Self regulating patch optimizes blood thinner delivery


UNC and  NC State researchers have developed a promising, self-regulating, Heparin releasing patch, meant to optimize levels of the blood thinner in one’s body.  It has only been tested on animals, but was found to  be more effective at preventing thrombosis than traditional drug delivery methods.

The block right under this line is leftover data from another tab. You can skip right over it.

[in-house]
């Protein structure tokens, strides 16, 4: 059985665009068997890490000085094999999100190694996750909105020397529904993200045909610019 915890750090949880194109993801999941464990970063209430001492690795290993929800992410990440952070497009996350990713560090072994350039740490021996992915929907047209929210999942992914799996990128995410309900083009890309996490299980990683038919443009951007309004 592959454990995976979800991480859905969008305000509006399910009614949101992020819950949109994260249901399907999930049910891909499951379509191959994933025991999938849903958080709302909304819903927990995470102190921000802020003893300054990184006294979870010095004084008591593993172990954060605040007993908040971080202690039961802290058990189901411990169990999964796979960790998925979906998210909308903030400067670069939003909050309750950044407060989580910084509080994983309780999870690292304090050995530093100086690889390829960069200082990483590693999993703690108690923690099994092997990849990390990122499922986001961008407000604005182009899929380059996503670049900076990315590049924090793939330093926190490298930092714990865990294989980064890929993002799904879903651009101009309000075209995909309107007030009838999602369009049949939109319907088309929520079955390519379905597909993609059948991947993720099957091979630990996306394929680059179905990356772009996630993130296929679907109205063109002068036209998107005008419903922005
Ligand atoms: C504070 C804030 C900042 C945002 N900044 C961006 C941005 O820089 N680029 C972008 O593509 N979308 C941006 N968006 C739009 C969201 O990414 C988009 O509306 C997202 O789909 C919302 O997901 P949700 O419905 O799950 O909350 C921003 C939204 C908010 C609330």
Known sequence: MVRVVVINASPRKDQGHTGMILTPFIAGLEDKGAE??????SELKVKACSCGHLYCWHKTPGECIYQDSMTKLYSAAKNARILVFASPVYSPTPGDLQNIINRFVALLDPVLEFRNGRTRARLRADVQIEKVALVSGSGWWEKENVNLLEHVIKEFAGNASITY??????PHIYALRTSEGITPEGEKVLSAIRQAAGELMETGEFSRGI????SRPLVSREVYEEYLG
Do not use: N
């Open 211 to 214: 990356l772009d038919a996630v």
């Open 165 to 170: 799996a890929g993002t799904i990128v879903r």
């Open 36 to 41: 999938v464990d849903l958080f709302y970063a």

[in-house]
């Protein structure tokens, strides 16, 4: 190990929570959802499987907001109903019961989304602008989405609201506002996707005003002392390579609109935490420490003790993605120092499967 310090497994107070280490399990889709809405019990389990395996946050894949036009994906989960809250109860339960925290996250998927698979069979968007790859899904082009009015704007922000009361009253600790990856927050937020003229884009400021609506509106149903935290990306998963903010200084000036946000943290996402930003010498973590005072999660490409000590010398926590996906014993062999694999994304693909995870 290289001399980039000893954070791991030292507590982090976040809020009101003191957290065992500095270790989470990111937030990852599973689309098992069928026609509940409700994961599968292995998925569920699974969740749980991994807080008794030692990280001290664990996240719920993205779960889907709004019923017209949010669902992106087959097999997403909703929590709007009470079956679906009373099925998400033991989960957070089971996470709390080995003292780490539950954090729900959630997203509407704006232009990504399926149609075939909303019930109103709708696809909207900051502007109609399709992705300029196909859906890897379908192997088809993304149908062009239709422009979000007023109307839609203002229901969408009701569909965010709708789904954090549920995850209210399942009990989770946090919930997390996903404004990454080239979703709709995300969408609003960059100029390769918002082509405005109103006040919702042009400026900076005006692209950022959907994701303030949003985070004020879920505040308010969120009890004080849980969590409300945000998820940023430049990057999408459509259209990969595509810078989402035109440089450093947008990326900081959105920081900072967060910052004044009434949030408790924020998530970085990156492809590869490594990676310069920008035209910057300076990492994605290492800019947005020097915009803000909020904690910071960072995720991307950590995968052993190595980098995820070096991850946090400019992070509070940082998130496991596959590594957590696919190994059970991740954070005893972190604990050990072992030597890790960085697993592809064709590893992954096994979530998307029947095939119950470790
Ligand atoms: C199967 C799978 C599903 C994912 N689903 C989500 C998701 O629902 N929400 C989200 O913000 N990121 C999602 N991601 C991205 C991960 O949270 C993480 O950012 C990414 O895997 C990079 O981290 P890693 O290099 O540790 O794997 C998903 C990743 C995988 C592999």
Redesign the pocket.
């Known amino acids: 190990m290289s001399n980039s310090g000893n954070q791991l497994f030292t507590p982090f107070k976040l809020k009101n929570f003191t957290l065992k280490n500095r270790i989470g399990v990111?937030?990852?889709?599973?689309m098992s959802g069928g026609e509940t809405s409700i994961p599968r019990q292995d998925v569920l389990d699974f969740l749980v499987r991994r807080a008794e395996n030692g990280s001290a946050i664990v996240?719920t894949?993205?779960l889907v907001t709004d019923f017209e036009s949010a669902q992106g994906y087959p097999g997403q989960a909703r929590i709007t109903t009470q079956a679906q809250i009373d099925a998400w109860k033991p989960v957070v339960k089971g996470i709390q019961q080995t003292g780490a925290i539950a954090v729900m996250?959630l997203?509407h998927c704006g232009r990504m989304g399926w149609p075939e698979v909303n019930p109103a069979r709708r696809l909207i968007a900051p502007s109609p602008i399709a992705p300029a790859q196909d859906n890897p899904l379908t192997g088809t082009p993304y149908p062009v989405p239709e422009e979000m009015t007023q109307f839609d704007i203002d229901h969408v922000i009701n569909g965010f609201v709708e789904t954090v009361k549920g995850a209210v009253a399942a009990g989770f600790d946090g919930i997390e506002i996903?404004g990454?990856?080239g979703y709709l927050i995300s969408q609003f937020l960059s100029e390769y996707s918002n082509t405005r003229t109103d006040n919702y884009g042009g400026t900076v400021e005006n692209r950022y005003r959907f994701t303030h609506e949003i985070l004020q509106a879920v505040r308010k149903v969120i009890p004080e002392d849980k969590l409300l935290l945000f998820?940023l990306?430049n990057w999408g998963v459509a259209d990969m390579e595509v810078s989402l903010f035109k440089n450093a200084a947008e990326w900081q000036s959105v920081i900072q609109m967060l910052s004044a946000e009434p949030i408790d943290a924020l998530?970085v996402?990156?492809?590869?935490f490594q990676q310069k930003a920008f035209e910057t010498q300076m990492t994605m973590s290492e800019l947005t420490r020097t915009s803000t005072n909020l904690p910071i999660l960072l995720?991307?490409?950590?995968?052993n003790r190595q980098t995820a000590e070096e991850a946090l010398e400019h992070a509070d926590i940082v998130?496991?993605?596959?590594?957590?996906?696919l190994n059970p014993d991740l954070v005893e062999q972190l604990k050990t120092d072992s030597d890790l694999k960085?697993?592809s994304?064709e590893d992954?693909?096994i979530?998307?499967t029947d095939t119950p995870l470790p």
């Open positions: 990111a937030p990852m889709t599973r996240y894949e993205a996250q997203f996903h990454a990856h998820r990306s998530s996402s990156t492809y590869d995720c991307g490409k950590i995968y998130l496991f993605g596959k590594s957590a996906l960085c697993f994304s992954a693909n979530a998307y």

Current protocol requires regular blood testing, to prevent hemorrhaging from a too-high dose, or, of course, thrombosis from an inadequate one.

The patch uses microneedles made of a polymer that consists of hyaluronic acid and  Heparin. It responds to thrombin, an enzyme that initiates blood clotting. When elevated thrombin levels come into contact with a microneedle, the enzymes break the amino acid chains that bind the Heparin to the HA, releasing the Heparin into the blood stream.

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